These are some of the issues behind California’s housing crisis
Note to readers: Each week through November 2019, a selection of our 101 California Influencers answers a question that is critical to California’s future. Topics include education, healthcare, environment, housing and economic growth.
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It has become impossible to walk down the streets of our largest cities and not be overwhelmed by the apparent hopelessness of the state’s homeless crisis. Which means we can either throw up our hands in despair, or we break down this one immense catastrophe into several discrete and more manageable parts.
First comes the most basic challenge: There simply aren’t enough homes anymore that working Californians can afford.
“As our housing affordability crisis has grown, more of our state’s residents are homeless because of a temporary hardship that has forced them into couch surfing or living in their car,” said Tia Boatman Patterson, Gov. Gavin Newsom’s senior housing adviser. “These are people that recently had housing, may still hold a decent job, and simply require more affordable housing opportunities.”
State Sen. Scott Wiener (D-San Francisco) has pushed to increase housing supply in urban areas and for additional financial support to Californians who can no longer pay sky-high rent.
“About 70 (percent) of homeless people have neither a mental health nor an addiction problem. They simply can’t afford housing. They are in this predicament because of California’s failure to build enough housing at any income level,” said Wiener, who is chair of the state Senate Housing Committee. “California … has systematically under-funded subsidized housing for our lowest income residents … those at the bottom of the economic ladder are at significant risk of being pushed onto the streets.”
Other Influencers advocated for marketplace solutions as the best way to increase the affordable housing supply.
“Unraveling the homelessness crisis is not simple, but we should start by making it easier for the home building sector by … reducing state fees and excessive regulations that make it more expensive to build (and) giving homebuilders the same assurance against lawsuits … that are given when building stadiums and sports arenas,” said state Senate Republican Leader Shannon Grove (R-Bakersfield).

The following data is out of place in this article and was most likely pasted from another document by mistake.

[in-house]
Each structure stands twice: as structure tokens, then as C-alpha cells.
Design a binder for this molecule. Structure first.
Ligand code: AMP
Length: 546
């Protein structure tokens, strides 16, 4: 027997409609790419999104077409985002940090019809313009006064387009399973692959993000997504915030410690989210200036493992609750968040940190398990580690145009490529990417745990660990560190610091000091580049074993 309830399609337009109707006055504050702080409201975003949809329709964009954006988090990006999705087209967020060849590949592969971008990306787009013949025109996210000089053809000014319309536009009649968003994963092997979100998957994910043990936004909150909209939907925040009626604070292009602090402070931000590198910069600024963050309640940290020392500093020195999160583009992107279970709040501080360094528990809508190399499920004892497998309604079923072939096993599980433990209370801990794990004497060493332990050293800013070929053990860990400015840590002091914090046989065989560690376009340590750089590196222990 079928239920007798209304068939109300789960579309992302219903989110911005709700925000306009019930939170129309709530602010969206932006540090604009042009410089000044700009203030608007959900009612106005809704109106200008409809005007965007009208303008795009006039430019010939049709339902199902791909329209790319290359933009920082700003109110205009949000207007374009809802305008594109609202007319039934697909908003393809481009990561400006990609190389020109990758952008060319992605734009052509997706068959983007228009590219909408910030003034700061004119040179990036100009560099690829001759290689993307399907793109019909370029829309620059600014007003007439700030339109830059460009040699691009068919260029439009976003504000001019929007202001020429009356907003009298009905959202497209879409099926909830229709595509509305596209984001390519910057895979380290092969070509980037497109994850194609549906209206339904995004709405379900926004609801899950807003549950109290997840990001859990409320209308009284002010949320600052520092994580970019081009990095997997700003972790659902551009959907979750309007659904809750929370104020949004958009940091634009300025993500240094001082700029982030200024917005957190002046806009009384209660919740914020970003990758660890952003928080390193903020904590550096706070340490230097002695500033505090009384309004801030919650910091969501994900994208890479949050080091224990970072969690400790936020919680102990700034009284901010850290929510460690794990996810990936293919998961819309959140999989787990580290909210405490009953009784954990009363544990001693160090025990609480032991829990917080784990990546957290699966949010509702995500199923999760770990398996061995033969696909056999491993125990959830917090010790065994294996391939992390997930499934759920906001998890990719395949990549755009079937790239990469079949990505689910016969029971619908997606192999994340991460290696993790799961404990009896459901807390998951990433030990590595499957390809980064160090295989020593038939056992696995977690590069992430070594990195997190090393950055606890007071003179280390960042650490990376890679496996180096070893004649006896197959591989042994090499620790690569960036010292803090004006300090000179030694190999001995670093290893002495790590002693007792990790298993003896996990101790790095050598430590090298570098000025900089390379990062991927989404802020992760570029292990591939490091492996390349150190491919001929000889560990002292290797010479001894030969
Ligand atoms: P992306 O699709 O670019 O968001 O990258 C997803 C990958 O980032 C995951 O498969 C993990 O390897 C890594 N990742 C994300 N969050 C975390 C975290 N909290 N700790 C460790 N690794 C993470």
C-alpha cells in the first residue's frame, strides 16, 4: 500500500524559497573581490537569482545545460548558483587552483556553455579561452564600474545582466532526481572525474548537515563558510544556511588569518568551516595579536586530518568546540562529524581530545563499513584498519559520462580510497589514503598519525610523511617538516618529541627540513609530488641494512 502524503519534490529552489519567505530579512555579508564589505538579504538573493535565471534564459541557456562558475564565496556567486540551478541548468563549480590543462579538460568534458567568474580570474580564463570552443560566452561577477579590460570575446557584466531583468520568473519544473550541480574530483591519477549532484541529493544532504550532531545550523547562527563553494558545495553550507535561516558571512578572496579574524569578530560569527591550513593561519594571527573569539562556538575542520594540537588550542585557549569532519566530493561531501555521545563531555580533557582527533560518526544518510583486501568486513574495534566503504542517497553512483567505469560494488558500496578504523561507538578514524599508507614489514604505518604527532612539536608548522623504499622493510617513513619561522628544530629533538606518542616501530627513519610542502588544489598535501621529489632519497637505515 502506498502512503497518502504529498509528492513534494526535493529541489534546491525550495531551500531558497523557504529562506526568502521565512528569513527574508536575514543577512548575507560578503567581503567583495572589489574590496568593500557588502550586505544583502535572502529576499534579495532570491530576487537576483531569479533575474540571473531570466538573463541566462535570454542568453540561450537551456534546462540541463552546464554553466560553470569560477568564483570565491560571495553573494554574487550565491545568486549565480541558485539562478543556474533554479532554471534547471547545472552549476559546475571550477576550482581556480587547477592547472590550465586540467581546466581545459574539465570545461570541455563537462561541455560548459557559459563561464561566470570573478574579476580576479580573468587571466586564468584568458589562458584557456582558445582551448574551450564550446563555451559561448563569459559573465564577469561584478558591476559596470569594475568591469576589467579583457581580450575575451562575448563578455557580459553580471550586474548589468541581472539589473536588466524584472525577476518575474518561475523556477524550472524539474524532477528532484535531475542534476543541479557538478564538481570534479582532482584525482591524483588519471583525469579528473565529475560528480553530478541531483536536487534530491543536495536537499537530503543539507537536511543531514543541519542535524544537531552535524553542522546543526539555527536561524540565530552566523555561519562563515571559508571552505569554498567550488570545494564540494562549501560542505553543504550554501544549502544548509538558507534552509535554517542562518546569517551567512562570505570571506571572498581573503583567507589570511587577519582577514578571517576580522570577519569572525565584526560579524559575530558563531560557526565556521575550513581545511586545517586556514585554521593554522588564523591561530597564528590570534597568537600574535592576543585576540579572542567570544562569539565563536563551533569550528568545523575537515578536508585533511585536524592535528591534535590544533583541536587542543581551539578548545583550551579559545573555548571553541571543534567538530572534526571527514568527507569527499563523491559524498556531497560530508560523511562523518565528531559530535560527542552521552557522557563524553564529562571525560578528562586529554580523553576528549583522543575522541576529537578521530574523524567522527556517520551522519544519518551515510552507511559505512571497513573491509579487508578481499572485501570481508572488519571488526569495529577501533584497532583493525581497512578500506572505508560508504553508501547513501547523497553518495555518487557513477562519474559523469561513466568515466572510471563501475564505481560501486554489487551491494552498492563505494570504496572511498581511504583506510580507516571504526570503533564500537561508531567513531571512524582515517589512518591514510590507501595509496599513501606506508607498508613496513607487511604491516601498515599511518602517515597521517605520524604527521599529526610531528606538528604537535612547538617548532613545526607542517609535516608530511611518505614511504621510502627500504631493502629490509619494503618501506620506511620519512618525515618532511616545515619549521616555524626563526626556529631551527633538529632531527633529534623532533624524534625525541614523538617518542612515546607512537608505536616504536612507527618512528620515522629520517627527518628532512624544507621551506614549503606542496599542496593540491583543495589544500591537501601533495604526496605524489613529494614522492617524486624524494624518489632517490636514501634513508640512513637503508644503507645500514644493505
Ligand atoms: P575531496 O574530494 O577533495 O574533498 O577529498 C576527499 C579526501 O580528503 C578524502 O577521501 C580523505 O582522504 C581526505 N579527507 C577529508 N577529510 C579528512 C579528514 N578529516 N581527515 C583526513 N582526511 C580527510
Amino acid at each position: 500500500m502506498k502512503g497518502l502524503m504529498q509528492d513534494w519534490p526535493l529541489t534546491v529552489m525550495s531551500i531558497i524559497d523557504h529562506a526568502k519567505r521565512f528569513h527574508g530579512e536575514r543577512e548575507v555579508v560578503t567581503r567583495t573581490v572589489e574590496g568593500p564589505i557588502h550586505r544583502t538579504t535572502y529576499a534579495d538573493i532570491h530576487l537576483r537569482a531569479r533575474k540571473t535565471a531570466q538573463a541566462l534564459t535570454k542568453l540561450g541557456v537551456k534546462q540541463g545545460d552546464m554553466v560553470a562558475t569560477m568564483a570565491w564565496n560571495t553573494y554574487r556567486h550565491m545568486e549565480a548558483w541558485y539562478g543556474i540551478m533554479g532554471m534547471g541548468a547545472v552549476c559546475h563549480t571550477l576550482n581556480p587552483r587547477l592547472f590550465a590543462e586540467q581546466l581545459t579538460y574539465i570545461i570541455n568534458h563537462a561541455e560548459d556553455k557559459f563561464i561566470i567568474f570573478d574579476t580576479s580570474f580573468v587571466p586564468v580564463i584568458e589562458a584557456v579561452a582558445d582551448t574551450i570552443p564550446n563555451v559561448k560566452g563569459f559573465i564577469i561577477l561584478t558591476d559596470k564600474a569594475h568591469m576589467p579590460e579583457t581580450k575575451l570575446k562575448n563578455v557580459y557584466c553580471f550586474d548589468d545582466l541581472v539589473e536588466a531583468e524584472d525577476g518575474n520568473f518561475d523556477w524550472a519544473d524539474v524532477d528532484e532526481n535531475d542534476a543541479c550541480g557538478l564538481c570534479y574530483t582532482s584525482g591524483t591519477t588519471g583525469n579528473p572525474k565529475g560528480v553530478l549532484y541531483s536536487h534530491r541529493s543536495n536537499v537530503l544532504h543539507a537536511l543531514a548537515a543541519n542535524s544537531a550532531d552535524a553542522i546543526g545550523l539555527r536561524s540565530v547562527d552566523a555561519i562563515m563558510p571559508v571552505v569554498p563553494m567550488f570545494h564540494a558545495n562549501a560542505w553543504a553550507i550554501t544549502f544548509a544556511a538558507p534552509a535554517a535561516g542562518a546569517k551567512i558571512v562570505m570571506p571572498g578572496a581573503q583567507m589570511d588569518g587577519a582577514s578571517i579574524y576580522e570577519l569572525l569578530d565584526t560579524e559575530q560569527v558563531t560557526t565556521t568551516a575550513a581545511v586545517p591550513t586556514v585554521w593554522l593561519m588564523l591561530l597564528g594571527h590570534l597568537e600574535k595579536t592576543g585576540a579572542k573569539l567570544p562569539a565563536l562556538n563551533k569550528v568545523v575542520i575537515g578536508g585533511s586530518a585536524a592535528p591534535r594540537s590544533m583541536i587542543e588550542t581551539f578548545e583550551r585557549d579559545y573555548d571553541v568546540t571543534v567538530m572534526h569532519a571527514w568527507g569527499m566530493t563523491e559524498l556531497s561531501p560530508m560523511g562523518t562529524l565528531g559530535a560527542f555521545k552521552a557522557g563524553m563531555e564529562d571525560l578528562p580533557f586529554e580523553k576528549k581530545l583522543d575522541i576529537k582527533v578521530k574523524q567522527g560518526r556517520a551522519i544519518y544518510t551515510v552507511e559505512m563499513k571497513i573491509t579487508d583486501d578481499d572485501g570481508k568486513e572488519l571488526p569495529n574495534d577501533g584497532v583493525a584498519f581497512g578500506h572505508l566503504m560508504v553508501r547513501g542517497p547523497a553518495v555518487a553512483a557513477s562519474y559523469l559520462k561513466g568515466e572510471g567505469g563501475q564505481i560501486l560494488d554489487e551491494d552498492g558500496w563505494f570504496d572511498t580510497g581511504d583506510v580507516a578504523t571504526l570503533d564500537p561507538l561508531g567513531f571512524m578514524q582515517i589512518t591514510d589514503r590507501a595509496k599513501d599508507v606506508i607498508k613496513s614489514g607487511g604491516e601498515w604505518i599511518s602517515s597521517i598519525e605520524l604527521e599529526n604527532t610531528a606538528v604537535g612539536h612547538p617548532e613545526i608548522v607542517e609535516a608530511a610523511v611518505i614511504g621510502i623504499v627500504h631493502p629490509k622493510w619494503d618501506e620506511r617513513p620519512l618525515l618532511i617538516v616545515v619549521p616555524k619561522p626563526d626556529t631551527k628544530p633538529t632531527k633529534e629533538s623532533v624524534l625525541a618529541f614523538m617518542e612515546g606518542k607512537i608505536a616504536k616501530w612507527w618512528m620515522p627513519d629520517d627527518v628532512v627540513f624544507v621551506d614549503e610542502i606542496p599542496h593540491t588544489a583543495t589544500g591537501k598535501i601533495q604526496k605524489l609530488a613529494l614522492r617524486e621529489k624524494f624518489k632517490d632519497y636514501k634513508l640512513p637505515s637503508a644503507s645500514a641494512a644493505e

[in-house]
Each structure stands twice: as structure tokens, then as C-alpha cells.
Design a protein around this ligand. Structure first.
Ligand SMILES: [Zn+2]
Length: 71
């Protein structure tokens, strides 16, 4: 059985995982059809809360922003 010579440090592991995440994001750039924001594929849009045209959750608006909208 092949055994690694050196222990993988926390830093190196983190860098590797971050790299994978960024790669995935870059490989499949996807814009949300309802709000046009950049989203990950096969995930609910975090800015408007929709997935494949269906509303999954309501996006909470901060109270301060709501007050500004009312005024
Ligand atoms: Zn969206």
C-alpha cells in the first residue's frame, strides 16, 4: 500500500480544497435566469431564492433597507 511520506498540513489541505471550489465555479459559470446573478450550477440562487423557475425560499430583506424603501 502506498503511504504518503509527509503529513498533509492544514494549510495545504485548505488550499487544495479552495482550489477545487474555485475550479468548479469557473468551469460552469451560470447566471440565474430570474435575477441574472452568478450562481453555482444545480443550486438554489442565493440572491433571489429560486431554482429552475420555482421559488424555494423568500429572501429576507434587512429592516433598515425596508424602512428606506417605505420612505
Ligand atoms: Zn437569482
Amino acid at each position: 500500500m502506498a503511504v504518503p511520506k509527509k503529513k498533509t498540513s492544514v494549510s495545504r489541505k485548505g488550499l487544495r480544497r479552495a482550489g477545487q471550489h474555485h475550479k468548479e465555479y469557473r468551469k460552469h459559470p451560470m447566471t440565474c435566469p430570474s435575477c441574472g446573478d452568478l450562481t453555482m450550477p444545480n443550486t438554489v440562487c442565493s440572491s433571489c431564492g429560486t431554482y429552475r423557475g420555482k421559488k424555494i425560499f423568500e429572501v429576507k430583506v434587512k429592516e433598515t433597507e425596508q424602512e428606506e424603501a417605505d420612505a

Jon Coupal, president of the Howard Jarvis Taxpayers Association, urged lawmakers “to lower impact and other development fees, craft common-sense (California Environmental Quality Act) reforms that protect the environment without prohibiting construction, end expensive mandates like solar panels on new home development; and continue to keep rent control limited to as few communities as possible.”
Jim Boren, the former executive editor of the Fresno Bee, assailed a lack of political will among elected officials to make unpopular decisions.
“Government leaders like to convene meetings on homelessness, write reports and wring their hands at news conferences. But what they don’t want to do is upset well-connected neighbors who fight affordable housing projects that could put homeless into safe housing,” said Boren, who is now the executive director for Fresno State’s Institute for Media and Public Trust. “(We need to) build safe and affordable housing, even if the neighbors protest.”
Influencers from across the political spectrum called for a range of additional services for the homeless whose struggles go beyond affordability.
“For those homeless individuals who face mental health and substance abuse challenges, we must bolster access to treatment and care, emphasizing community-based best practices,” said Assemblyman Richard Bloom (D-Santa Monica).
San Bernardino County Supervisor Janice Rutherford outlined steps she and her colleagues have taken.
“In San Bernardino County, we are partnering with a nonprofit staffing agency to provide job coaching, placement, transportation assistance, and other support aimed at helping them find stable work despite the often steep employment barriers they face,” said Rutherford, a Republican. “If they’re receiving care for those issues and employed, their quality of life is better and the cost to taxpayers is reduced.”
Dan Dunmoyer, president of the California Building Industry Association, offered a proposal that would allow his industry to provide free housing to homeless individuals with mental health challenges.
“Land formerly held within redevelopment areas are too often tangled in a costly web of regulation … Amazingly enough, builders are finding this difficult to accomplish in California,” Dunmoyer said. “Legislation is needed to make it easier to provide charity housing when a willing community comes together to offer their skills and resources to build housing – for free.”
Ashley Swearengin, president of the Central Valley Community Foundation, made it clear neither government nor business interests could solve the problem alone.
“Engage the broader community and align local public and private resources; reduce inflow to homelessness by adequately resourcing for homelessness prevention; improve crisis response; and increase availability of permanent housing,” said Swearengin, who is the former mayor of Fresno. “All of the sectors – private, public, faith-based, health, philanthropic – must be committed to a community driven response.”